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Kevin Harvick on racing in rain: ‘Most unsafe thing I’ve ever done in a race car’

AUSTIN, Texas — Kevin Harvick called racing in the rain “the most unsafe thing I’ve ever done in a race car by a lot.”

Harvick spoke after he slowed to avoid an accident and was slammed in the back by Bubba Wallace in Sunday’s Cup race at Circuit of the Americas. Vision was difficult because of the rain and the large spray of water from the cars on the wet track.

MORE: NASCAR vows to learn lessons from racing in rain

Harvick was slowing after Christopher Bell had slammed into the back of a slowing Ryan Blaney. No one was injured.

Harvick was livid in the garage.

“It’s the most unsafe thing I’ve ever done in a race car by a lot,” he said. “You can’t see anything down the straightaways. These cars were not built to run in the rain and when you can’t see, my spotter said, ‘Check up, check up,’ because he thought he saw two cars wrecking.

“I let off and the guy behind me hit me wide-open because he never saw me. It’s unbelievable that we’re out there doing what we’re doing because we’re in race cars that aren’t made to do this, and if you can’t see going down the straightaway it’s absolutely not safe, not even close.”

Asked if the sport had any business being on track in the rain and conditions, Harvick said:

“We don’t have any business being out in the rain, period. All I can say is this is the worst decision that we’ve ever made in our sport that I’ve been a part of, and I’ve never felt more unsafe in my whole racing career, period.”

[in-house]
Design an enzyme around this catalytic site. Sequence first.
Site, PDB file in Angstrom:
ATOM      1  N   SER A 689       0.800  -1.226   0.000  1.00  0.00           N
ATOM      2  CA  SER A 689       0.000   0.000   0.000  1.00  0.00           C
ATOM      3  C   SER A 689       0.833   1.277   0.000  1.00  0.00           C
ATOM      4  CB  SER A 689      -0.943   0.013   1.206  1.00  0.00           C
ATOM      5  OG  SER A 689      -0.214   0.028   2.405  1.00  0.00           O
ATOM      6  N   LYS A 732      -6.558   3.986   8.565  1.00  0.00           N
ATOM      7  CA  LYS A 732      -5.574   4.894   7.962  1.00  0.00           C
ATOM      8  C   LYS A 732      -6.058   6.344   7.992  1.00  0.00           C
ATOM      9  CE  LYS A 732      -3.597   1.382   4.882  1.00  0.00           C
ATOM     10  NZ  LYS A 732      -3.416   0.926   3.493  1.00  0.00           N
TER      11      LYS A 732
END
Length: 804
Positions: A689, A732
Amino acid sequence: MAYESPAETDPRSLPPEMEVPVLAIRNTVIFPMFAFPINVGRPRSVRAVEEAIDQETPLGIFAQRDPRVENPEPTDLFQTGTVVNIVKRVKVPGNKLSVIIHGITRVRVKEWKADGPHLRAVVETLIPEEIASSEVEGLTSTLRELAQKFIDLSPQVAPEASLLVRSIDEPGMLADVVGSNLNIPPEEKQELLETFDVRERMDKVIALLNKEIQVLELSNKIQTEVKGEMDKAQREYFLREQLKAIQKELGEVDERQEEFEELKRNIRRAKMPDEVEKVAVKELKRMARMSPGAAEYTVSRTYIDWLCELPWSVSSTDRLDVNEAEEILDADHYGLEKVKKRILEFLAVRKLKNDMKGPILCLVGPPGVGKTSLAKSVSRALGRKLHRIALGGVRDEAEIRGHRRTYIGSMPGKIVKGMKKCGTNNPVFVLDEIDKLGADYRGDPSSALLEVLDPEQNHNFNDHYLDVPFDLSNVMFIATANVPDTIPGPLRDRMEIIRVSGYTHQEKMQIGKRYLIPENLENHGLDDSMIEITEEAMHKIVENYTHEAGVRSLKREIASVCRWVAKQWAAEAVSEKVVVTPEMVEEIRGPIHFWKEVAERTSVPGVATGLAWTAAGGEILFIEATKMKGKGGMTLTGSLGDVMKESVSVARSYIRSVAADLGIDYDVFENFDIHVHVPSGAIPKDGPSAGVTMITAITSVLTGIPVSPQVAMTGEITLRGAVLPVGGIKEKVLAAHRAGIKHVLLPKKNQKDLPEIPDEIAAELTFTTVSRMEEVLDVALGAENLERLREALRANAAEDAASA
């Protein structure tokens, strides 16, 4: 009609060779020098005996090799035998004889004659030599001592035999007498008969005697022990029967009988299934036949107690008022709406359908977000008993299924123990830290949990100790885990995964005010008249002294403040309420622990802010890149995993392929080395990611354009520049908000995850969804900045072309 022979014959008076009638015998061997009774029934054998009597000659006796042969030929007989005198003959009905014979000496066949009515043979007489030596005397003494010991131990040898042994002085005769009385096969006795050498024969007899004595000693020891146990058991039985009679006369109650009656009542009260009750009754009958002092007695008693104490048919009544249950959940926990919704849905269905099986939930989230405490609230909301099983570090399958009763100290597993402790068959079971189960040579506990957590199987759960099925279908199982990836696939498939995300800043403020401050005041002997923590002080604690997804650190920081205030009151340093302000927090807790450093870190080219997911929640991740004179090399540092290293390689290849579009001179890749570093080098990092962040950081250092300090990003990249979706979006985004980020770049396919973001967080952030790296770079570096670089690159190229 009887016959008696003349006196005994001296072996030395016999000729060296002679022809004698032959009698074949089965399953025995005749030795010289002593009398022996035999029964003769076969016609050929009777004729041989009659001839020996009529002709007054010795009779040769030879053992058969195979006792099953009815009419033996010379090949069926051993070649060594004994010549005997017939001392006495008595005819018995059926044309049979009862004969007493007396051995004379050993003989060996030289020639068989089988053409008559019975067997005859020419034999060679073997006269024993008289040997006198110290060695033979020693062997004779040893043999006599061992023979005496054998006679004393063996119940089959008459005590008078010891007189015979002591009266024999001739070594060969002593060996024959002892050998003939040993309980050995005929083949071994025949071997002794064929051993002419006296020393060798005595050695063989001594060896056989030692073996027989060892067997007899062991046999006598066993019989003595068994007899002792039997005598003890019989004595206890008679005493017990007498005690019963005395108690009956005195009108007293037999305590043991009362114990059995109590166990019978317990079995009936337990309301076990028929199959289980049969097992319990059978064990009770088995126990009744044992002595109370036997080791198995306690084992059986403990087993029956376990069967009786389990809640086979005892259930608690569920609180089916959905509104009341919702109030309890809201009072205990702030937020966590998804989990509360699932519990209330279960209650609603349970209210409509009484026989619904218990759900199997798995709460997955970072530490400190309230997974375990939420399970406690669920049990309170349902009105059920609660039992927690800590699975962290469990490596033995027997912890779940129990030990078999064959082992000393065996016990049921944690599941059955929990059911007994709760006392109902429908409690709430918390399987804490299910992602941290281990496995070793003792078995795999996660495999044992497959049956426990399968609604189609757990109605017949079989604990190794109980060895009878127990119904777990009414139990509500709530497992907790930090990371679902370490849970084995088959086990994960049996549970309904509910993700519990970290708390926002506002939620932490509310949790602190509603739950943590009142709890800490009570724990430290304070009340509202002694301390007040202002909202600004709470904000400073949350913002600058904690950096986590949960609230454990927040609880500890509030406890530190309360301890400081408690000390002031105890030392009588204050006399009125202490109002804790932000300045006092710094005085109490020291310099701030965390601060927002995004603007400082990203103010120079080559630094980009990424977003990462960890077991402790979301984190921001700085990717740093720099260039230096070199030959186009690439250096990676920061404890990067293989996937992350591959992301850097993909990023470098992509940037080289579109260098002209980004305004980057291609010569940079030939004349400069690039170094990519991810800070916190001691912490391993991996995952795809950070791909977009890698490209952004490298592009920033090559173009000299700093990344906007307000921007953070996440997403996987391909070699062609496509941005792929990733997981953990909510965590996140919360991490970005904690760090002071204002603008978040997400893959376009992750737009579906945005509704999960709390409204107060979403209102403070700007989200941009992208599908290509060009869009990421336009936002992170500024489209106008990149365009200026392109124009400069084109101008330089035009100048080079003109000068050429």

Shortly afterward, Martin Truex Jr ran into the back of Michael McDowell’s car, as it slowed. That contact slowed Truex. Cole Custer then ran into the back of Truex’s car, sending the back end of Truex’s car up in the air. No one was injured. The race was stopped to clean the track. NASCAR sent the Air Titans on to the track to remove some of the water on the surface.

“You can’t see,"Truex said. “Just wide open in third gear and next thing there’s a car on my hood, it’s not a good feeling. I’m trying to stay in the gas and keep going. I want to get out of that area and through the braking zone because I knew I was going to get hit again and the next thing I knew, I got hit so hard that I was 10-feet in the air. I don’t know. Just wild. Hopefully, everybody else is okay, that’s the most important thing. Just a mess, you can’t see anything.”

Said Custer: “It didn’t hurt as much as I thought it was gonna be, but it’s just that you can’t see anything. It’s pretty bad. I mean, you can’t see a foot in front of your car. I was just rolling down the backstretch. You can’t see anything. I’m just so frustrated about having our day end like this. It killed the car and it’s just really frustrating.”

Before the race resumed, NASCAR gave teams time to clean the windshields of the cars and announced that restarts would be single file for visibility concerns until further notice.